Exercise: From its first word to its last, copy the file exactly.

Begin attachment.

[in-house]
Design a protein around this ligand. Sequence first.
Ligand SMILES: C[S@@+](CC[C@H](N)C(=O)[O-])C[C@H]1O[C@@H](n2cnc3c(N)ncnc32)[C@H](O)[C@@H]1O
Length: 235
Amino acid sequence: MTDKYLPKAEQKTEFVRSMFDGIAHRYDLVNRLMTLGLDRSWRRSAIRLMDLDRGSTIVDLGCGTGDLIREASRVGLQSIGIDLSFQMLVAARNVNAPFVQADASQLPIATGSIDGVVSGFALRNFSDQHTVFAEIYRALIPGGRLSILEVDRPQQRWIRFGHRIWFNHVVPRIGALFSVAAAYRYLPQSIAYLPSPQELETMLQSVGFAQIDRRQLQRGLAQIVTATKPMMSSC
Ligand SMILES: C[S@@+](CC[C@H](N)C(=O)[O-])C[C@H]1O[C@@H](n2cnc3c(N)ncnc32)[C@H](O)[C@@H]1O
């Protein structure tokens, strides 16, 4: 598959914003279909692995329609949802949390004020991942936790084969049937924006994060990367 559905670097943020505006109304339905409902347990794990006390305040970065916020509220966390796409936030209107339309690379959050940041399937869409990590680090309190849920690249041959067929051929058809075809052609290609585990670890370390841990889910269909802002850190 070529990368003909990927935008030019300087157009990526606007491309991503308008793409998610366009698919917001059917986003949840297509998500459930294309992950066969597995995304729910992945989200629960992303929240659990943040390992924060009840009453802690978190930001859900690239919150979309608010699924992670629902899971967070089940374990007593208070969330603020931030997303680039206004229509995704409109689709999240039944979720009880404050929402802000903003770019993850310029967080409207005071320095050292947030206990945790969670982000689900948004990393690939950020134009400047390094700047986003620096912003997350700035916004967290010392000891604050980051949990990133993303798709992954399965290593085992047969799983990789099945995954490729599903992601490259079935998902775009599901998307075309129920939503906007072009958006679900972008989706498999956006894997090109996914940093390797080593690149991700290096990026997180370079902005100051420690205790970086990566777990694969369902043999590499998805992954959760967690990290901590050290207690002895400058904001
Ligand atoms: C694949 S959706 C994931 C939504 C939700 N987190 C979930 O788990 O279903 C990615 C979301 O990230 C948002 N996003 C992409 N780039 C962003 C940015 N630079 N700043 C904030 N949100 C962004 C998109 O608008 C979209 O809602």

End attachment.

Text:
[in-house]
Design a protein around this ligand. Sequence first.
Ligand SMILES: C[S@@+](CC[C@H](N)C(=O)[O-])C[C@H]1O[C@@H](n2cnc3c(N)ncnc32)[C@H](O)[C@@H]1O
Length: 235
Amino acid sequence: MTDKYLPKAEQKTEFVRSMFDGIAHRYDLVNRLMTLGLDRSWRRSAIRLMDLDRGSTIVDLGCGTGDLIREASRVGLQSIGIDLSFQMLVAARNVNAPFVQADASQLPIATGSIDGVVSGFALRNFSDQHTVFAEIYRALIPGGRLSILEVDRPQQRWIRFGHRIWFNHVVPRIGALFSVAAAYRYLPQSIAYLPSPQELETMLQSVGFAQIDRRQLQRGLAQIVTATKPMMSSC
Ligand SMILES: C[S@@+](CC[C@H](N)C(=O)[O-])C[C@H]1O[C@@H](n2cnc3c(N)ncnc32)[C@H](O)[C@@H]1O
């Protein structure tokens, strides 16, 4: 598959914003279909692995329609949802949390004020991942936790084969049937924006994060990367 559905670097943020505006109304339905409902347990794990006390305040970065916020509220966390796409936030209107339309690379959050940041399937869409990590680090309190849920690249041959067929051929058809075809052609290609585990670890370390841990889910269909802002850190 070529990368003909990927935008030019300087157009990526606007491309991503308008793409998610366009698919917001059917986003949840297509998500459930294309992950066969597995995304729910992945989200629960992303929240659990943040390992924060009840009453802690978190930001859900690239919150979309608010699924992670629902899971967070089940374990007593208070969330603020931030997303680039206004229509995704409109689709999240039944979720009880404050929402802000903003770019993850310029967080409207005071320095050292947030206990945790969670982000689900948004990393690939950020134009400047390094700047986003620096912003997350700035916004967290010392000891604050980051949990990133993303798709992954399965290593085992047969799983990789099945995954490729599903992601490259079935998902775009599901998307075309129920939503906007072009958006679900972008989706498999956006894997090109996914940093390797080593690149991700290096990026997180370079902005100051420690205790970086990566777990694969369902043999590499998805992954959760967690990290901590050290207690002895400058904001
Ligand atoms: C694949 S959706 C994931 C939504 C939700 N987190 C979930 O788990 O279903 C990615 C979301 O990230 C948002 N996003 C992409 N780039 C962003 C940015 N630079 N700043 C904030 N949100 C962004 C998109 O608008 C979209 O809602």